Monday nights are hectic already, so the last thing you need is a complicated dinner or a sink full of dirty dishes to add to the grind. Keep things effortless by making a simplified version of the New Orleans favorite, shrimp jambalaya. It's a meal that comes together in just one pot, and, with dynamic ingredients like leftover andouille sausage and succulent shrimp, this dish practically cooks itself. If you're looking to save a little bit more time (and money), defrost frozen bags of peeled and deveined shrimp the night before to make the dish in lightning speed. For a Monday night meal that's an explosion of flavors, read more.
After falling in love with a Cuban-inspired crockpot chicken, tonight I'm cooking along the same vein with a beef and pepper braise that conjures up images of dinner in Havana.
I'll serve the fork-tender flank steak and bell pepper medley over steamed white rice, avocado, and my favorite herb, cilantro. Ready to make your own one-pot Latin meal? Then keep reading.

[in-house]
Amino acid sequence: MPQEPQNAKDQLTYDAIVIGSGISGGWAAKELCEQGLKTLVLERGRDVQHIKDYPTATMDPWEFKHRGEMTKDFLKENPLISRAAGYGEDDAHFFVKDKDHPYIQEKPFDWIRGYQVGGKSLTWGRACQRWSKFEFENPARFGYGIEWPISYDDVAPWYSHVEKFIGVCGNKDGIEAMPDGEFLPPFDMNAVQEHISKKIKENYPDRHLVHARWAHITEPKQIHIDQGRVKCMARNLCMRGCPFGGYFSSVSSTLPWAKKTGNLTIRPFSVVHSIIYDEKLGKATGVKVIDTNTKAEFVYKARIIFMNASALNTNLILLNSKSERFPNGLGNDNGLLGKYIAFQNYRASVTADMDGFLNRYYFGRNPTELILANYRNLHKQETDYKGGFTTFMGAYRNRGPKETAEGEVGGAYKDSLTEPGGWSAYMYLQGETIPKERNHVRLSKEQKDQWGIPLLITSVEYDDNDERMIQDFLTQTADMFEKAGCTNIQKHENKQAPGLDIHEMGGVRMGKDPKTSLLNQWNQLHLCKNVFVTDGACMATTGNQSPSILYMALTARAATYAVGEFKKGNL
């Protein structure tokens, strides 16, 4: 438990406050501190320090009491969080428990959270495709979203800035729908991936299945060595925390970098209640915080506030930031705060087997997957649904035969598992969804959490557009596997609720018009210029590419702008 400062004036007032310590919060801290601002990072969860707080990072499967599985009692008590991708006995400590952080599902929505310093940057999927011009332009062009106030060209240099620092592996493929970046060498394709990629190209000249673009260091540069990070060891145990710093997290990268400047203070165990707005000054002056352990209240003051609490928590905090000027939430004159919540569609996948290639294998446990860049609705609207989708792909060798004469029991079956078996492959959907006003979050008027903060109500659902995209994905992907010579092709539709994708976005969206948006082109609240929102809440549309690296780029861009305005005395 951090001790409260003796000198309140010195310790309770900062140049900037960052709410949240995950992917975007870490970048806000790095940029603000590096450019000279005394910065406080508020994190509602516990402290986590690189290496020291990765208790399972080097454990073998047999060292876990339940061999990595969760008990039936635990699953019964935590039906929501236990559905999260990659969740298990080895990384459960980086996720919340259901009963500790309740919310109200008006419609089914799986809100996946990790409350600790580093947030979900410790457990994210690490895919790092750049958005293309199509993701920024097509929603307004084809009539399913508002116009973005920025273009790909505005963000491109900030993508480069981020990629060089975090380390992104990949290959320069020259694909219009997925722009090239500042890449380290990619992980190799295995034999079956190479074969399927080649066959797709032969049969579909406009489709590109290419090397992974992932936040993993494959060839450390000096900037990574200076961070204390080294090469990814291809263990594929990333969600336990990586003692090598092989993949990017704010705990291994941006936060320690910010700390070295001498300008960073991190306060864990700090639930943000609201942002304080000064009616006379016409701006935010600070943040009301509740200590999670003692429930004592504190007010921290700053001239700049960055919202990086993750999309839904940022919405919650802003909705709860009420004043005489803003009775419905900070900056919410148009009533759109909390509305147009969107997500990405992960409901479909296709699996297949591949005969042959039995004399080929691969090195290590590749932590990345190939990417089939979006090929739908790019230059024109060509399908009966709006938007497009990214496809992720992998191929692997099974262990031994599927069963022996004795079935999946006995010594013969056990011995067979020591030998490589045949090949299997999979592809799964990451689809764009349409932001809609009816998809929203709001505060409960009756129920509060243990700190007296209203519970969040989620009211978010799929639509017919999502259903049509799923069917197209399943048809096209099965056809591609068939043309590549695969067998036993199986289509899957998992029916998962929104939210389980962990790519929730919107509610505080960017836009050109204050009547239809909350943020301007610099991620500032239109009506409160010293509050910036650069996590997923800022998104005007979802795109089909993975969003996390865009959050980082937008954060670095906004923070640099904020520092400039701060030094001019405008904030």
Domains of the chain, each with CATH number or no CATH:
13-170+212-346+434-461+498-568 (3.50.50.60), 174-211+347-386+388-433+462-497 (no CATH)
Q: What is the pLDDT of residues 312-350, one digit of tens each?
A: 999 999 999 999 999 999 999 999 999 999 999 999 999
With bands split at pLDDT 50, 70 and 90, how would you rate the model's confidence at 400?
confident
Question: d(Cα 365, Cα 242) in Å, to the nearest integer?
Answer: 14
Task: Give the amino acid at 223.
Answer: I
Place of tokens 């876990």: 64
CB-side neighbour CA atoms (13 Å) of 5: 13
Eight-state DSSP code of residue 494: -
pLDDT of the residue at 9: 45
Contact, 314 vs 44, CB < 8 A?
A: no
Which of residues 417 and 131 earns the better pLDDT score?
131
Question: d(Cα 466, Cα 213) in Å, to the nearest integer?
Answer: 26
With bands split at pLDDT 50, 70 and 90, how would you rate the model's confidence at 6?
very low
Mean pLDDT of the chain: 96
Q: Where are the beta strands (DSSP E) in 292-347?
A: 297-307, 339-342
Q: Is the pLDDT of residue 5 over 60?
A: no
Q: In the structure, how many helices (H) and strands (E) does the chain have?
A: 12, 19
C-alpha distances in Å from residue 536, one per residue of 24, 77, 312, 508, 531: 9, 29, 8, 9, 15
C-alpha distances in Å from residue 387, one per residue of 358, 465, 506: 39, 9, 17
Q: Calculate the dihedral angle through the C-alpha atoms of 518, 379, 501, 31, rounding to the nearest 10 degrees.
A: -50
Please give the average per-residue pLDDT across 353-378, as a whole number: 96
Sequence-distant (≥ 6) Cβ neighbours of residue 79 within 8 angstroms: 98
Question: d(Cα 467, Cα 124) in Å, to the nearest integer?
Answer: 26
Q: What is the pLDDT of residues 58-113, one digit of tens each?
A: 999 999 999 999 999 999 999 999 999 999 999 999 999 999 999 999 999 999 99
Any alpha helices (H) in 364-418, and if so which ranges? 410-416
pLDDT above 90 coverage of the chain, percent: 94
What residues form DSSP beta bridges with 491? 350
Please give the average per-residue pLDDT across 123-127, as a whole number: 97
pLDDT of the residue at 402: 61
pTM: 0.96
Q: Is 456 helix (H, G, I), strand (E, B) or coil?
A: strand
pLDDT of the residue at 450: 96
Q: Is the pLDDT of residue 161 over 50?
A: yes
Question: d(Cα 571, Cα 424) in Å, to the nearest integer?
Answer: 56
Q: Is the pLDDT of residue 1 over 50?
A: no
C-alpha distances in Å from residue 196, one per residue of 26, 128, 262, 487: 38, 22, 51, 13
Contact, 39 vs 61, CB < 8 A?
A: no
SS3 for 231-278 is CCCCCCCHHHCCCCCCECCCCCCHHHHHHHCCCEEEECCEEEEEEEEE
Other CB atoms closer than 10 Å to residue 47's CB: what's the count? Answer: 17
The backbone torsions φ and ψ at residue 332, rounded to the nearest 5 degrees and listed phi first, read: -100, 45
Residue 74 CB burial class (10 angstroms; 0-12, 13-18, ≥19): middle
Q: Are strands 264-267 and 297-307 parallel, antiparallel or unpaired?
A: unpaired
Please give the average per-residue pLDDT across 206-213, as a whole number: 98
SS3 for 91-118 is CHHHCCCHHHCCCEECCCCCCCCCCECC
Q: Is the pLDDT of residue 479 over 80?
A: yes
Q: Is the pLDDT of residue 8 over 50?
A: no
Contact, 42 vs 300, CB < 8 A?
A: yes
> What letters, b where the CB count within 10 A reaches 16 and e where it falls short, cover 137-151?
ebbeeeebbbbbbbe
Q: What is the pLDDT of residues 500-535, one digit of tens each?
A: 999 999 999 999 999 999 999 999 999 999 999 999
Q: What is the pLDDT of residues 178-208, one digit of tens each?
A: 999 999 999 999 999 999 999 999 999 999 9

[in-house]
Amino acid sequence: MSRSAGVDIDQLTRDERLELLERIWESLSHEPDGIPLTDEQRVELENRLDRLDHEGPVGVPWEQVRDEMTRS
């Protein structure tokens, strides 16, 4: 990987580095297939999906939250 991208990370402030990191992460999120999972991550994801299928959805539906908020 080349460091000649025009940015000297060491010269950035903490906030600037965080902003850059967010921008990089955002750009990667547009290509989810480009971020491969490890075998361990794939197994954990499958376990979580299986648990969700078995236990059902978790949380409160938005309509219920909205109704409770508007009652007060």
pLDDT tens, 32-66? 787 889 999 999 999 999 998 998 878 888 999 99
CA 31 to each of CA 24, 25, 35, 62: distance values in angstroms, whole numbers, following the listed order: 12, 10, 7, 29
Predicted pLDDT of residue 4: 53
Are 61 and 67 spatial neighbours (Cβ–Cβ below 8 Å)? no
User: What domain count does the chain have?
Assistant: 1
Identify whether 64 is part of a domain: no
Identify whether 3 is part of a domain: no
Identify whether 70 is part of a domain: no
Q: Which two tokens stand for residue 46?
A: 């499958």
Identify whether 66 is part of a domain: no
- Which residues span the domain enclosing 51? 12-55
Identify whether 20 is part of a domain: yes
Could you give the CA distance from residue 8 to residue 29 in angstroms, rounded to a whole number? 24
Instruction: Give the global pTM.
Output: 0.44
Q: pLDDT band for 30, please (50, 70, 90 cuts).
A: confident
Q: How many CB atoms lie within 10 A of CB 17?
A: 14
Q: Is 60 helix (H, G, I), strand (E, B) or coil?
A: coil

While I've watched his television shows countless times, before the South Beach Wine and Food Festival, I had never seen Emeril Lagasse live. I wasn't disappointed: his demonstration was packed and the energetic chef was absolutely fabulous! He made Brazilian fish stew and talked about the importance of tasting your food while cooking. He also recommends seasoning everything with salt and pepper, including the individual vegetables in a salad. Lagasse served the stew with plain white rice and spent a lot of time discussing this sometimes overlooked side dish. To see his technique for cooking the best pot of rice ever, read more
I've got a penchant for risotto and Party has a debilitating weakness for chips, so we were definitely intrigued when we received a box of Risotto Chips ($3.49), a new creation released last month by New York Style (the brand behind those irresistible Bagel Crisps). They proclaimed to be all natural, gluten-free, and full of flavor. Were they all that and more? Keep reading to find out.